AgForce has joined the growing number of industry and community voices opposing a proposed carbon capture and storage project for the Great Artesian Basin – calling for it to be abandoned.
Under the three-year trial proposal, Carbon Transport and Storage Corporation (CTSCo), a subsidiary of global mining giant Glencore, wants to inject liquified carbon dioxide waste from the Millmerran Power Station into the Great Artesian Basin.
AgForce CEO Michael Geurin is staggered by the plan, saying it has the potential to destroy one of Australia’s most precious water resources.
“Let’s not gild the lily – this is about pumping industrial waste into the world’s largest pristine water source,” Mr Guerin said.
“It beggars belief that one of the natural wonders of the world could be under threat in this way.
“The Great Artesian Basin is one of the largest underground freshwater resources in the world. It is Australia's largest groundwater basin and crosses several of our states.
“I can’t personally get my head around this idea that we are working very hard to protect the Great Barrier Reef, to protect the environment, to recognise the community. Yet at the same time, to government is considering pumping industrial waste underground into the pure body of water that is the Great Artesian Basin.”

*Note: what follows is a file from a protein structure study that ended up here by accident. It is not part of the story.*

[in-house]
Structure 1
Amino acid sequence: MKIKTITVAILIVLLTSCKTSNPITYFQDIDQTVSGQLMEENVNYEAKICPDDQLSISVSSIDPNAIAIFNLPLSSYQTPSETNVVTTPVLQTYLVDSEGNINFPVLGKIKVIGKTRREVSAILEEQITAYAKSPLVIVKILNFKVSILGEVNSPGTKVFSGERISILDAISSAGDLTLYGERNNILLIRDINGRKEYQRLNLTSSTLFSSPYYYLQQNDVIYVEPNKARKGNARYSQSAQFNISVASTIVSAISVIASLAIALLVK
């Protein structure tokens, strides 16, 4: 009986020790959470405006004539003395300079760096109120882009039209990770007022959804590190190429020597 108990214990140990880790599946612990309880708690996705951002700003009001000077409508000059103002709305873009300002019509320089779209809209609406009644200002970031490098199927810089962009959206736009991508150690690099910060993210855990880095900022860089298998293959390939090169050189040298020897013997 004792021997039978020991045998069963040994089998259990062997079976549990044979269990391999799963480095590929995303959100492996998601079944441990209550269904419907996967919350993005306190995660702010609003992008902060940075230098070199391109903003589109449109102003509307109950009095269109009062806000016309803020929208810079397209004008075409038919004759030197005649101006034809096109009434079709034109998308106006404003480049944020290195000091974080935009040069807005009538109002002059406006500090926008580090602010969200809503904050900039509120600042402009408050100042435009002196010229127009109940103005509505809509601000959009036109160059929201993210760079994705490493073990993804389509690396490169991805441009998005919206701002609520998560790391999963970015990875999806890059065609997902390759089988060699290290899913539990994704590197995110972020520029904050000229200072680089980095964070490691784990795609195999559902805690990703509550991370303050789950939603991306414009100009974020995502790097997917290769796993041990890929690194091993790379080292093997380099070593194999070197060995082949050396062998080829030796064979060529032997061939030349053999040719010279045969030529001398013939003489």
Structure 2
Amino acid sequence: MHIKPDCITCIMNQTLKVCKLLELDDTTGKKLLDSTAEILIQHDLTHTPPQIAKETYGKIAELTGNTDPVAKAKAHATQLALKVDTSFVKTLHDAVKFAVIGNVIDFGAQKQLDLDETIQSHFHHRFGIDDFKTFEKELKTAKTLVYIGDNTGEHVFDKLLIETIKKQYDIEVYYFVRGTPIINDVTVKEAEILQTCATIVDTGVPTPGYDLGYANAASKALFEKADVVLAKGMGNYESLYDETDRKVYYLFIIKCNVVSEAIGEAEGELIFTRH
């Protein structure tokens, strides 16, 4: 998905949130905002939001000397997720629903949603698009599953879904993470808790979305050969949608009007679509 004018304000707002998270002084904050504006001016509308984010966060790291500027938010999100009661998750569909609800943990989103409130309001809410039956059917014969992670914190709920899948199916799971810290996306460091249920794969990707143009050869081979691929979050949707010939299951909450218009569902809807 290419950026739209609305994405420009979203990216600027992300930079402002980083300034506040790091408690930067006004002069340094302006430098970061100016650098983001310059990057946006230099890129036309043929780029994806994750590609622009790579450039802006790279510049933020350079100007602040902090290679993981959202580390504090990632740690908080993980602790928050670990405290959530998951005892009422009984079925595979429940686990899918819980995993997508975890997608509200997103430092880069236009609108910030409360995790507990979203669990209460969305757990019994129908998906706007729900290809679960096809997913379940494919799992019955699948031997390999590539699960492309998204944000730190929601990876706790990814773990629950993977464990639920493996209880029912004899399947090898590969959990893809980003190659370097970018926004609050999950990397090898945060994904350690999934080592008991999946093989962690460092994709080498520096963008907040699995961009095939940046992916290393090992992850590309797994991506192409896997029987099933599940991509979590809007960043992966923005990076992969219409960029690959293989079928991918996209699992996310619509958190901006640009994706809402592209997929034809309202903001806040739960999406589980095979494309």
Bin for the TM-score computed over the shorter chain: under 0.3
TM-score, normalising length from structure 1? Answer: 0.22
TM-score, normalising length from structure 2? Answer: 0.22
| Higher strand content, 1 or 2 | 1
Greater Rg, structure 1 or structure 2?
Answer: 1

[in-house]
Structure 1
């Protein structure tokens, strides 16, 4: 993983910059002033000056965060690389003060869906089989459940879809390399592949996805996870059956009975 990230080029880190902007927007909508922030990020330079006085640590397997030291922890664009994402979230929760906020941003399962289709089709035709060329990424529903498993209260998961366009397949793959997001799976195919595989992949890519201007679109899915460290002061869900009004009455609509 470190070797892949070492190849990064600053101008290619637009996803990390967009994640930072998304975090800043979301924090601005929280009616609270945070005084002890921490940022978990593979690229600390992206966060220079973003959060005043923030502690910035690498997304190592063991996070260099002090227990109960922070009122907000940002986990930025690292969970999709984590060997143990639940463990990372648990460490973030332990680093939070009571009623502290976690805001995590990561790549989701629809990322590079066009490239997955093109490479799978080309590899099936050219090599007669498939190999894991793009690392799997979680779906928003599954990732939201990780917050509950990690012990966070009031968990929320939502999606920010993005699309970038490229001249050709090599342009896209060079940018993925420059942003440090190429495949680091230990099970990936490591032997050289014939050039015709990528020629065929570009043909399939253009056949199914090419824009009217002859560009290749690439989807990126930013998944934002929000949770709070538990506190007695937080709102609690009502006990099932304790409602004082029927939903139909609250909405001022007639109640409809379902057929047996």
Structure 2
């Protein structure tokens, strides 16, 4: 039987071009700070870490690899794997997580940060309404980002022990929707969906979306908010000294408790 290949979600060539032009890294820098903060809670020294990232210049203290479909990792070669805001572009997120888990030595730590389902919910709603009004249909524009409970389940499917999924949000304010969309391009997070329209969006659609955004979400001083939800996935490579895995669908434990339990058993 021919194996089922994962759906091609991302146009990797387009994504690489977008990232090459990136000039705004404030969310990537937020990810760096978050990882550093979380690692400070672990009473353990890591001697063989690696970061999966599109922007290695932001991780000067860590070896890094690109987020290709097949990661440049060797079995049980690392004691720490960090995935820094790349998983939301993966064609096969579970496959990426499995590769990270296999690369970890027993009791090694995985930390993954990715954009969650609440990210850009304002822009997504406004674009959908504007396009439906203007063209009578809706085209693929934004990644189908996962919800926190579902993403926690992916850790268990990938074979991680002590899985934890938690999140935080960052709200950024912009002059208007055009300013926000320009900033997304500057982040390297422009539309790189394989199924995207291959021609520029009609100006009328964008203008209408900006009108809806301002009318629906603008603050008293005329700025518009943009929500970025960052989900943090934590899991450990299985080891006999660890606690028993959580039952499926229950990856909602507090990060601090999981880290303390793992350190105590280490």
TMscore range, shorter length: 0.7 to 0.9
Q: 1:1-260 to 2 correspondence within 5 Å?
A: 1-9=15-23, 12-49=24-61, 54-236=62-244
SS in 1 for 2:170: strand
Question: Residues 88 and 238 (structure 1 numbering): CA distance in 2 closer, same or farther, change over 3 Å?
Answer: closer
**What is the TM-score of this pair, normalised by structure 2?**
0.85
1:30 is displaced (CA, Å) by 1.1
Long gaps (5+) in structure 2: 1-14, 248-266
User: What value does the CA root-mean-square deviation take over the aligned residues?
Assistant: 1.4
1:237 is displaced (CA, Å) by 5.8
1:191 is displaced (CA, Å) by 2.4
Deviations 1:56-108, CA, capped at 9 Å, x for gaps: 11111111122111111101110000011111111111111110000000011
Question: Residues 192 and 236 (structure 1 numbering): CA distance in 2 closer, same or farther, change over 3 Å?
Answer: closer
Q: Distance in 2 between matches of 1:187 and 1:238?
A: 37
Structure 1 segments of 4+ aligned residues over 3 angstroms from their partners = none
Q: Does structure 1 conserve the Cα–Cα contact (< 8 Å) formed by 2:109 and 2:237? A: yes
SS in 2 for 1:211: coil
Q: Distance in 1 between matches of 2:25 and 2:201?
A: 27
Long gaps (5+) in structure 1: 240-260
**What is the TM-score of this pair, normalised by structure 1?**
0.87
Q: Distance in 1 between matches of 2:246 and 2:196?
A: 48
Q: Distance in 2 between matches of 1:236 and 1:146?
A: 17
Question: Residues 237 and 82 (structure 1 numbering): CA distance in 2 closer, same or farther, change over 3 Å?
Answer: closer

The proposed carbon capture and storage (CCS) project would see liquified carbon dioxide injected into a water producing aquifer (the Precipice Sandstone) within the Great Artesian Basin.
“We are flabbergasted that with all the options of empty ravines where we have previously extracted oil – that the Government, Glencore or anyone else would even consider pumping that industrial waste into a pristine water source,” Mr Guerin said.
“Why it's even being considered, we don't understand.”
Queensland’s peak representative body for farmers is now challenging the government approval process, with the Environmental Impact Statement currently under consideration by the Queensland Environment Department. If approved at that level the proposal will then go on to the Federal Water Minister for consideration.
An increasing number of hydrogeologists have expressed concern about the proposal and its potential to cause a massive increase in acidity in the aquifer and potentially cause the leaching of heavy metals including lead and arsenic.
No other project in the world injects carbon dioxide waste into food producing shared-use aquifers. This means the trial is untested in terms of its impact to current water users and in terms of food production.
Mr Guerin says given the risks involved – this project must be rejected.
“Given the impact it will have on water supplies in Queensland and even further across the country, we will stand against it all of the way,” he said.
“At the moment we’re working very actively with the areas of government responsible. We are considering legal options. And Glencore needs to be clear about our intentions – if need be we will take this all the way to the High Court.”
AgForce is not opposed to the CCS technology – where CO2 is pumped into the ground.
“But this proposal - to pump industrial waste into a pristine water resource used by human beings in the environment - makes absolutely no sense from any angle,” he said.
For media comments contact:
AgForce CEO Michael Guerin: 0488 002 092